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Saving edited RAW CR2 files from Canon650D on Mac

Discussion in 'Digital Image Editing & Printing' started by Jan08, Aug 18, 2017.

  1. Jan08

    Jan08 Active Member

    I'm new to shooting in RAW. Ive always played safe and shot in jpg, but wanted to have more versatility . I haven't bought photoshop yet - almost bought Elements a few years ago, but have managed with the software that came with the camera.
    So I am using DPP . The other day I shot a lot of seascapes and some of the horizons needed adjusting, which I thought I had successfully done. When it came to saving the edited image, or converting to jpg to tiff, it saved it as a thin band down the middle of the picture. The thumbnail on the side looked ok, but I couldn't then use the image.
    As I said - I'm new to this and obviously missing something . Fortunately I shot in jpeg as well as RAW and could use some of the photos without the askew horizons . I have tried to follow the instructions that come with DPP.

    Any advice for this newby?
  2. El_Sid

    El_Sid Well-Known Member


    I have adjusted the horizon in DPP. In my version (an old version of DPP3) you open the crop tool and the horizon adjustment is slider in the middle of the side panel. Adjustment is best made by either sliding the marker or entering a number directly in the box - IIRC using the mouse wheel with the box active also adjusts the angle. With my copy the image does automatically crop to fit as the image rotates (this may be an option, I can't remember and DPP is at home while I'm currently not). I'm wondering if somehow you have added an extreme crop to the image.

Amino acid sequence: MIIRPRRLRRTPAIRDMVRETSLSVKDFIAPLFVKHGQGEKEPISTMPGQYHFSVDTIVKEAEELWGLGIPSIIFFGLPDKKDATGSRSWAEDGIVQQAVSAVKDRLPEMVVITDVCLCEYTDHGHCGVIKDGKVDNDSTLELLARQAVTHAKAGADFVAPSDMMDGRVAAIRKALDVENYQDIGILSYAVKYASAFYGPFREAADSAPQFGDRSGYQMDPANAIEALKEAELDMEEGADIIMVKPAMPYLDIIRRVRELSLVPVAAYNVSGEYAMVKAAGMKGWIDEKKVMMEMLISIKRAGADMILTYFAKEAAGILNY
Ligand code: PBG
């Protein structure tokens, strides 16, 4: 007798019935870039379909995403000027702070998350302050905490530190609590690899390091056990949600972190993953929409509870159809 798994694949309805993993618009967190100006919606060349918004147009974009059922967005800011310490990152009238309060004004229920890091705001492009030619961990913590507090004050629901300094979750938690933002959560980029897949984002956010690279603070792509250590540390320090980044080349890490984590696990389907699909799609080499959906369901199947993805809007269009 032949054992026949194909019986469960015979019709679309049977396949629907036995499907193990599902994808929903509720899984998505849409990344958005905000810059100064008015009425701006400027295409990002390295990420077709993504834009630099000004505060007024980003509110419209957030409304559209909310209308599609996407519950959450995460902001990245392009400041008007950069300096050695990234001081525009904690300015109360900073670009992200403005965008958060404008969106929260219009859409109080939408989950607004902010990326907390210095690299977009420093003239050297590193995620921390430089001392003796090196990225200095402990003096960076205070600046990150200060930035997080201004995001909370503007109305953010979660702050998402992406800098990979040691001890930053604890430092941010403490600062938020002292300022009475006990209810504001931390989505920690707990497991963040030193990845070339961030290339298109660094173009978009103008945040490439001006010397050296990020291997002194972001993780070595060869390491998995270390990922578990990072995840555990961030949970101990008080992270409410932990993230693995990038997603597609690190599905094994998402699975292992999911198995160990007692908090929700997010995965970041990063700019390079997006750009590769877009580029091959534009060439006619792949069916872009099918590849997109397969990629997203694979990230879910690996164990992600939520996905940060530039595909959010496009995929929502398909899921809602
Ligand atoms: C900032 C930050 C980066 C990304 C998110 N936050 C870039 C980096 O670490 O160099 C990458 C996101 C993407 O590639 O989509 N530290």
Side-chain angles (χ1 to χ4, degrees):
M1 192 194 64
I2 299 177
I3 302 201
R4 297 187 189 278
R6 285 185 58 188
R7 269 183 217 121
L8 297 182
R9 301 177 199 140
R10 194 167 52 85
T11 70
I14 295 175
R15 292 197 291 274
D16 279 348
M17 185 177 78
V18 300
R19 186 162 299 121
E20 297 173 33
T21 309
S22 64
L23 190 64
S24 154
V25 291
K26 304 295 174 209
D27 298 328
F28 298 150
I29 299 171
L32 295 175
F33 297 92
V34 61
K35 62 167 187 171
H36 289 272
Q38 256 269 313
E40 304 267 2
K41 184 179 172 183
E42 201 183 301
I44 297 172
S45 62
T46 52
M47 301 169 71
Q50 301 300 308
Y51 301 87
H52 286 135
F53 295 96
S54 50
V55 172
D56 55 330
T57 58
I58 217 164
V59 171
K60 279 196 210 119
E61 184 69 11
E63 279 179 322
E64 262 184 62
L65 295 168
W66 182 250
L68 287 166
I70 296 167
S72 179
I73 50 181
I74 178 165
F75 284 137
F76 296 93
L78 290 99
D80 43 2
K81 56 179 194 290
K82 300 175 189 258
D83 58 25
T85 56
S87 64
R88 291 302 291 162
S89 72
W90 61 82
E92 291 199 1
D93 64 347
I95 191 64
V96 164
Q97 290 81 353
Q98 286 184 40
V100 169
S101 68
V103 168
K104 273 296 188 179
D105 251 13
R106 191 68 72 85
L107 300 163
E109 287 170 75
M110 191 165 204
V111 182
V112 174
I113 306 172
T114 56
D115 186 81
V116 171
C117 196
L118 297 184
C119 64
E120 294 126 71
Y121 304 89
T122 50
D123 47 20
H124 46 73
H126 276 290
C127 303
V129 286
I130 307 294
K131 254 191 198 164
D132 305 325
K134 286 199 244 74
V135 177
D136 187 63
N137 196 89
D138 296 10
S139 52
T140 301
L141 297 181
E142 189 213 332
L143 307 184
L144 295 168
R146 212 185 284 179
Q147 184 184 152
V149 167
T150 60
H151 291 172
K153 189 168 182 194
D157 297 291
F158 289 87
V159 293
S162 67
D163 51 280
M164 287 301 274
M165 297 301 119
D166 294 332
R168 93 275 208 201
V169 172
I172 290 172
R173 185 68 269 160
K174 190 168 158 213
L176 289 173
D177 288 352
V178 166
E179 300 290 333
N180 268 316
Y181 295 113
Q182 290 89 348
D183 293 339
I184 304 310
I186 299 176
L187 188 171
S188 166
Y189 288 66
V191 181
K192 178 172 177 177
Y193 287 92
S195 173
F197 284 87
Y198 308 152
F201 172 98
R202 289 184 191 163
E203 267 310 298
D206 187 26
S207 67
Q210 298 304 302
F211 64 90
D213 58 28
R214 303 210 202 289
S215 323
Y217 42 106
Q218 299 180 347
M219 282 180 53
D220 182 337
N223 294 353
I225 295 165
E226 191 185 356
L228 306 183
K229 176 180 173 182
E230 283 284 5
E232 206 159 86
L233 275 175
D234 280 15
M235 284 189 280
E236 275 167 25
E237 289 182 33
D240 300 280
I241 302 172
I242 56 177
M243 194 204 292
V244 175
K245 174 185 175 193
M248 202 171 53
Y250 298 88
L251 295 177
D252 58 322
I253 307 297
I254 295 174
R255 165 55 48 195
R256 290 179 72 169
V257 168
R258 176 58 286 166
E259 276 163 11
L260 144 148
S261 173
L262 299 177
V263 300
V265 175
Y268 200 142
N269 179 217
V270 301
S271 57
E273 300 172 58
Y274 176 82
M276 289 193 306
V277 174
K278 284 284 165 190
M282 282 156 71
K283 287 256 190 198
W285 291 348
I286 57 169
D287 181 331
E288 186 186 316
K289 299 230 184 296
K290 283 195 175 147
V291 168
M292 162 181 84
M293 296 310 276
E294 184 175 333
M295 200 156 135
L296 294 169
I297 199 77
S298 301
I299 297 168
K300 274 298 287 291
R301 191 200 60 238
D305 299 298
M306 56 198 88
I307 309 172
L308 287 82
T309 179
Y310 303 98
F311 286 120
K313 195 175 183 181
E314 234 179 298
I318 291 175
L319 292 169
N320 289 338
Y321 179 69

When you look at the thumbnail in the main widow can you see a white line or box on the image? Although DPP applies the crop in the edit window (actually how does the image appear in the edit window) the thumbnail always shows the full image area with the crop hilighted by a white box.

    To get back to the original image look through the various options on the main menu toolbar at the top of the screen. The submenus under one of these options should off the option to 'Revert to original settings', click this and any errors you have made should be cleared. Remember DPP does not change any of the original data when you edit - it writes, somehow, an additional set of instructions into the file's metadata which tells the program how to convert the raw file when you save it to JPEG or TIFF format. When you revert to the original settings these extra instructions are erased and nothing else.
  3. Jan08

    Jan08 Active Member

    Thanks El Sid .I'll have a play with DPP again and check I haven't cropped by accident and your other suggestions.
  4. Jan08

    Jan08 Active Member

    I think you're right. I have cropped the image massively. Because there is no obvious line when I've been cropping - as in other software - I hadn't realised. Also the adjustment tool is very fine and I'd missed the fact that I hadn't got it exactly on the line. Need to practise more with DPP. Thanks again